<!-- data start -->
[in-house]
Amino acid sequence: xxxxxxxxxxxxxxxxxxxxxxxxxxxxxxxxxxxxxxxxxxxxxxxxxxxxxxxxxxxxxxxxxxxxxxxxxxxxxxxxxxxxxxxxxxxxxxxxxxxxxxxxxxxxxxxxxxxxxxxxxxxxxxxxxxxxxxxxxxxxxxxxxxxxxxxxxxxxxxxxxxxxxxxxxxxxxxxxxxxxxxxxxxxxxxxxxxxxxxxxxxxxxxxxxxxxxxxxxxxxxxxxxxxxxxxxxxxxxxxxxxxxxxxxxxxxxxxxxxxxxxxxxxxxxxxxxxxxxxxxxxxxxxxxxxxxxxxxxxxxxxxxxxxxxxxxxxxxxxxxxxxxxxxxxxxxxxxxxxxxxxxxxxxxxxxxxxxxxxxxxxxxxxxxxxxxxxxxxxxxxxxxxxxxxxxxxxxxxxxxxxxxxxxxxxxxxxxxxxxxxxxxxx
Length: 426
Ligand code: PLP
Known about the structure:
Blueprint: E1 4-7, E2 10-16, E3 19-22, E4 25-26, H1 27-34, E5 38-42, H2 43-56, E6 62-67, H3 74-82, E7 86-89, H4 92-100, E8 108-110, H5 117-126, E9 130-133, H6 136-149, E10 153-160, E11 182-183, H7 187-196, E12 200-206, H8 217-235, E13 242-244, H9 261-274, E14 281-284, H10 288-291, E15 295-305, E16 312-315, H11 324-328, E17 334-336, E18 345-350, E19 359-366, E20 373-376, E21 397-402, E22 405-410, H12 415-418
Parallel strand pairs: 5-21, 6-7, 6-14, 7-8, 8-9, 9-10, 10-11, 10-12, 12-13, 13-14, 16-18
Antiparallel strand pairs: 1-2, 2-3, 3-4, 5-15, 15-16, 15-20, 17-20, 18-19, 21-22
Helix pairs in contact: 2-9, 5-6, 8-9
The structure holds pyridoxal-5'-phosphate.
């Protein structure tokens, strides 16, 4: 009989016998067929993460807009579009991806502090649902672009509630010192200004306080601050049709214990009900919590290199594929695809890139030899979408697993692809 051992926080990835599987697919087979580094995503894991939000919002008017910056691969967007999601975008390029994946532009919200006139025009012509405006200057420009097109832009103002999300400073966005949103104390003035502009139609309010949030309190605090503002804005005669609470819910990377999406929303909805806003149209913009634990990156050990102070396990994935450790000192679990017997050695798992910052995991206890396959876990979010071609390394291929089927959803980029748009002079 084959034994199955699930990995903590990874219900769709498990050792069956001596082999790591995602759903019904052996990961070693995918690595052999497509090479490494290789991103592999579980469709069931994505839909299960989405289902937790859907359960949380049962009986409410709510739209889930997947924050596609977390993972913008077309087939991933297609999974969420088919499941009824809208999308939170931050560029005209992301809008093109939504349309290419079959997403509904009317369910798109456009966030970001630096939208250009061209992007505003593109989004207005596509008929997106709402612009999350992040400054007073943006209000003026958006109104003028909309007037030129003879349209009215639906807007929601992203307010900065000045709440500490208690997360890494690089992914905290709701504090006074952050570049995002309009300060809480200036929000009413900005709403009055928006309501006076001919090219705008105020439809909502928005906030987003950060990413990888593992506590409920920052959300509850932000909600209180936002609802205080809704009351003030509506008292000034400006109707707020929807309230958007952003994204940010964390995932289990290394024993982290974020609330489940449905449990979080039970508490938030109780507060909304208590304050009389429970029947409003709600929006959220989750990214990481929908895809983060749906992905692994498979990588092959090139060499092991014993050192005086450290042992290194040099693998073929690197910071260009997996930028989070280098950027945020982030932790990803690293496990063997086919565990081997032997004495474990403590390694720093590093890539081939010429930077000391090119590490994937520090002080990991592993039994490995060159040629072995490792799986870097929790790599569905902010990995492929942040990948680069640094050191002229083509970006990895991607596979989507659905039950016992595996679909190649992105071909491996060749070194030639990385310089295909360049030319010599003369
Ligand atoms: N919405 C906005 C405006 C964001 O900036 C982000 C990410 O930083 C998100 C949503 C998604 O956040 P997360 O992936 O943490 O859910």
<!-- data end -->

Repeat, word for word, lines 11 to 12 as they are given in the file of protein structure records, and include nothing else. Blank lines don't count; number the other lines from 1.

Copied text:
């Protein structure tokens, strides 16, 4: 009989016998067929993460807009579009991806502090649902672009509630010192200004306080601050049709214990009900919590290199594929695809890139030899979408697993692809 051992926080990835599987697919087979580094995503894991939000919002008017910056691969967007999601975008390029994946532009919200006139025009012509405006200057420009097109832009103002999300400073966005949103104390003035502009139609309010949030309190605090503002804005005669609470819910990377999406929303909805806003149209913009634990990156050990102070396990994935450790000192679990017997050695798992910052995991206890396959876990979010071609390394291929089927959803980029748009002079 084959034994199955699930990995903590990874219900769709498990050792069956001596082999790591995602759903019904052996990961070693995918690595052999497509090479490494290789991103592999579980469709069931994505839909299960989405289902937790859907359960949380049962009986409410709510739209889930997947924050596609977390993972913008077309087939991933297609999974969420088919499941009824809208999308939170931050560029005209992301809008093109939504349309290419079959997403509904009317369910798109456009966030970001630096939208250009061209992007505003593109989004207005596509008929997106709402612009999350992040400054007073943006209000003026958006109104003028909309007037030129003879349209009215639906807007929601992203307010900065000045709440500490208690997360890494690089992914905290709701504090006074952050570049995002309009300060809480200036929000009413900005709403009055928006309501006076001919090219705008105020439809909502928005906030987003950060990413990888593992506590409920920052959300509850932000909600209180936002609802205080809704009351003030509506008292000034400006109707707020929807309230958007952003994204940010964390995932289990290394024993982290974020609330489940449905449990979080039970508490938030109780507060909304208590304050009389429970029947409003709600929006959220989750990214990481929908895809983060749906992905692994498979990588092959090139060499092991014993050192005086450290042992290194040099693998073929690197910071260009997996930028989070280098950027945020982030932790990803690293496990063997086919565990081997032997004495474990403590390694720093590093890539081939010429930077000391090119590490994937520090002080990991592993039994490995060159040629072995490792799986870097929790790599569905902010990995492929942040990948680069640094050191002229083509970006990895991607596979989507659905039950016992595996679909190649992105071909491996060749070194030639990385310089295909360049030319010599003369
Ligand atoms: N919405 C906005 C405006 C964001 O900036 C982000 C990410 O930083 C998100 C949503 C998604 O956040 P997360 O992936 O943490 O859910």